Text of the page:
Westpac Group will increase its annual investment spend by 20 per cent to $1.3 billion with the bulk of it dedicated to technology, digital and simplification projects, the bank announced today.
Addressing a strategy update, Westpac CIO, Dave Curran, outlined his plan to develop a 'Customer Service Hub' that will leverage cloud infrastructure to deliver a single view of the customer across the group's brands.
"If we want to be one of the world's great service companies, you've got to put the customer at the centre of everything you do — and that's equally as true in technology as it is on the front line," Curran said.
Creating a Customer Service Hub will not only enable greater opportunities for omnichannel by enabling cross-channel conversations with customers but enable the bank to "rationalise numerous applications and systems and drive efficiencies as we do so," Curran said.
At the heart of the transformation program is taking customer information from individual channels and making it accessible across the bank.
Along with that data, product information will be excised from the bank's core 'systems of record' and become part of the Customer Service Hub.
Under the transformation plan, the systems of record will continue to be used as registers for account and transaction data. The approach means that Westpac doesn't need to wait for a core banking upgrade, the CIO said.
Underpinning the program will be continuing consolidation of the bank's infrastructure, including increased use of private and public cloud.
Currently, the bank has a single customer solution for Westpac, the CIO said. "But we also have a single customer solution for St George and a single customer solution for BT," he added.
"So within those brands we're very advanced, but we still have the three."
"The first thing we want to do is get to a single customer base across the whole organisation, bring those together," Curran said.
"It's really, really important that if you know something about a customer, the whole organisation knows it. From the customer's point of view, they only want to tell us once"
The aim is to bring in information from across channels so that the bank can "have a continuous conversation with the customer".
Cloud has matured to the point where bank expects material cost savings over the next three years from leveraging hybrid cloud technology, the CIO said.
The group has already carried out significant efforts to consolidate data centres and implement virtualization solutions but still has discrete infrastructure for Westpac, St George and BT.
"The more we can get a single base under what we do, the more we can drive standardisation and rationalisation," Curran said.
"We're going to continue to move to a single infrastructure. That's a path that's already underway and we're going to continue to deliver against it.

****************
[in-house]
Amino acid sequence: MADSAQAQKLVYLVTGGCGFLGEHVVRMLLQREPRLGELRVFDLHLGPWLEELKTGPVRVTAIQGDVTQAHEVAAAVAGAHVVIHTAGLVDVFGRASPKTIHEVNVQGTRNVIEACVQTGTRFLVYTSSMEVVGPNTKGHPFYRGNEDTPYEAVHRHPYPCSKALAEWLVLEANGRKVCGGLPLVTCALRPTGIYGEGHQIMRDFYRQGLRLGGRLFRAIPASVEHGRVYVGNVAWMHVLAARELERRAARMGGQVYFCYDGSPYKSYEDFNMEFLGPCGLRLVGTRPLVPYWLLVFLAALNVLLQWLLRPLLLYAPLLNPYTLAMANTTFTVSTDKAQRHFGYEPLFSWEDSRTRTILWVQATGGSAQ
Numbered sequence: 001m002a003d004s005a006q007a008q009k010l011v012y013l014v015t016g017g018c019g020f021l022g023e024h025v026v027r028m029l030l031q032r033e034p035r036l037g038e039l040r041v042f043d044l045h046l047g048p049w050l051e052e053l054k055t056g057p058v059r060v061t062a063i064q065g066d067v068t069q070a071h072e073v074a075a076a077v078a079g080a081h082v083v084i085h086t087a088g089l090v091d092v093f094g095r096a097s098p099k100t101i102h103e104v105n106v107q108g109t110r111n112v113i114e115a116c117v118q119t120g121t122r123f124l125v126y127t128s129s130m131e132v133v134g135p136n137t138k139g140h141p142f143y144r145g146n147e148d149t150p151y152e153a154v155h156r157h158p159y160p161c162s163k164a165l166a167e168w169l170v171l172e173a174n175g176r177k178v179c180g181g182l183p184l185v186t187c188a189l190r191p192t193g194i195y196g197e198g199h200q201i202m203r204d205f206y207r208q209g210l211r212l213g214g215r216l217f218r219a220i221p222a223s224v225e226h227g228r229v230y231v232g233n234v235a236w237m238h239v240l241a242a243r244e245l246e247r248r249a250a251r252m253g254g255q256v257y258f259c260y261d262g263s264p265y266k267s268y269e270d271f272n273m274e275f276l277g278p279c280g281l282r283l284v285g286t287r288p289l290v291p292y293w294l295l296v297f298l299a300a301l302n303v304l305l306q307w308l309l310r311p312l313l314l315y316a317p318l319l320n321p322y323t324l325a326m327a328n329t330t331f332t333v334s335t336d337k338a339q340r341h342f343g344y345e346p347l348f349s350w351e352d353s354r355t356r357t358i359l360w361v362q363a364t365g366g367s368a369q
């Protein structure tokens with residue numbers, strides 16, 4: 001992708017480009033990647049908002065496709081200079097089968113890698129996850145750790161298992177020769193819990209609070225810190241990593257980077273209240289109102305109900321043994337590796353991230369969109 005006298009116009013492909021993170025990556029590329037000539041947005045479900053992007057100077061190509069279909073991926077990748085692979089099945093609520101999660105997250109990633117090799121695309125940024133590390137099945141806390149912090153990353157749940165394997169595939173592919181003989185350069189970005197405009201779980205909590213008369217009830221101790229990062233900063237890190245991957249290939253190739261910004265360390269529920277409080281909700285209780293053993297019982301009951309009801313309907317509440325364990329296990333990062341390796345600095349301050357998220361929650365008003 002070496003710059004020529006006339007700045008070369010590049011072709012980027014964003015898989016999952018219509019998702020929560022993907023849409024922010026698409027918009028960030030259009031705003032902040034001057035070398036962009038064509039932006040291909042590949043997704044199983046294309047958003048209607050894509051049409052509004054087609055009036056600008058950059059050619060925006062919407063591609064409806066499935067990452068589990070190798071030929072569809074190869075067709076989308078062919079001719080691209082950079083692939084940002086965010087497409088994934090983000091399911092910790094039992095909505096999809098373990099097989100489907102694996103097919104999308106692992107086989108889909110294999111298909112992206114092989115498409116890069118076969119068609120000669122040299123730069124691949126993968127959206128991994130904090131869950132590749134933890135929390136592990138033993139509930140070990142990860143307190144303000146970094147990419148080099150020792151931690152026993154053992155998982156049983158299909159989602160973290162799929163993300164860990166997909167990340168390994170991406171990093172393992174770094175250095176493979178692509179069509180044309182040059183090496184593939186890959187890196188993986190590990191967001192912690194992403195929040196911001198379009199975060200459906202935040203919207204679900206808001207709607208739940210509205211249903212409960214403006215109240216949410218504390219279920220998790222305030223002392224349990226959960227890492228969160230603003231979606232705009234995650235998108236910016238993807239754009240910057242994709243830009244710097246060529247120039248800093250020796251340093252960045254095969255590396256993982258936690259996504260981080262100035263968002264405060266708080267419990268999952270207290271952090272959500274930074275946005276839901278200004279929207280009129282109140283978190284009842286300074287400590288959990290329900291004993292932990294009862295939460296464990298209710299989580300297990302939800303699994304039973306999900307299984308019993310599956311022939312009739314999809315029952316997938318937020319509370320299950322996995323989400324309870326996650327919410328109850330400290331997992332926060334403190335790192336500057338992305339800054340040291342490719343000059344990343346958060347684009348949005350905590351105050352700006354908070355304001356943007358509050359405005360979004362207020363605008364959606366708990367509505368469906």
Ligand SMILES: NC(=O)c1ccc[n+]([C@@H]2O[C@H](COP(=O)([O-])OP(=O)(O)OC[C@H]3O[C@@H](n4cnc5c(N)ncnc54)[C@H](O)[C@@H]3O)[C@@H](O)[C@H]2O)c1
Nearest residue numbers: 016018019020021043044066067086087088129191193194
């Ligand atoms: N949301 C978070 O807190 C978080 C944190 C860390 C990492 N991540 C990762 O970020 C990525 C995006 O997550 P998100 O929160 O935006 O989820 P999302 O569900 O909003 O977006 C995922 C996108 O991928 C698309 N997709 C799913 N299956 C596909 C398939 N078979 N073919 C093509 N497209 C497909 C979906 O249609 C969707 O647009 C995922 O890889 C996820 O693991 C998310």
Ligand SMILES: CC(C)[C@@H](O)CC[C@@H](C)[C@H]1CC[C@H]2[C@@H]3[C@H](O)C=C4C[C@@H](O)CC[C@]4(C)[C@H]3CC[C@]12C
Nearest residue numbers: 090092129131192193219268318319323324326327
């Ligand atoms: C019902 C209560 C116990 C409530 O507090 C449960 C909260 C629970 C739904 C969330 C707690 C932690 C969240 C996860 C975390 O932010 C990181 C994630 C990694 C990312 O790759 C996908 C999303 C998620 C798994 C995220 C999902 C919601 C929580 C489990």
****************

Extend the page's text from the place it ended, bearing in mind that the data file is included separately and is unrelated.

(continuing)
"But in addition, cloud technologies have already matured to a point where they bring real value and we need to bring that into the organisation. Not only for the savings it will bring, but also the agility it will bring into the organisation."
The CIO outlined a vision for the group's infrastructure where hybrid cloud and traditional infrastructure will co-exist.
"Every day new capabilities become available in the cloud that we want to be able to consume as we need to, Curran said.
"We want to be able to stand them up, stand them down and buy them cheaply. That said, we are a bank and we're not putting our customer data anywhere near the public cloud.
"So the concept of a private cloud becomes really important — how do you get most of the benefits of cloud but actually keep it secure and inside our environment for the privacy and protection of our customers and the assets of our organisation.
"And then lastly, although I'll be doing my best over time to get rid of it all, we will have legacy applications that remain, so we need the traditional infrastructure to support that."
Private and public cloud and traditional infrastructure will sit underneath a single platform delivered as a platform-as-a-service to the bank, the CIO said.
"What that means is we need to take infrastructure away from the day to day of the bank and provide that as a single solution to the organisation," Curran said.
"To make that real for people in terms of what that means for savings, in the area of storage, [take] block storage: Two months ago a gigabyte of data cost Westpac $0.75 per month; today it costs $0.30 per month; next year it's going to be $0.20 per month; and in three years, at the completion of this program it's going to be in single digits.
"That adds up very quickly when you look at the infrastructure we support. The savings are going to be north of $100 million in that area alone."
Announcing its full year results last month, the Commonwealth Bank said that a focus on productivity and technology helped drive its investment spend to $1.25 billion for FY15. That figure
represents an increase of 5 per cent on the prior year.
Follow Rohan on Twitter: @rohan_p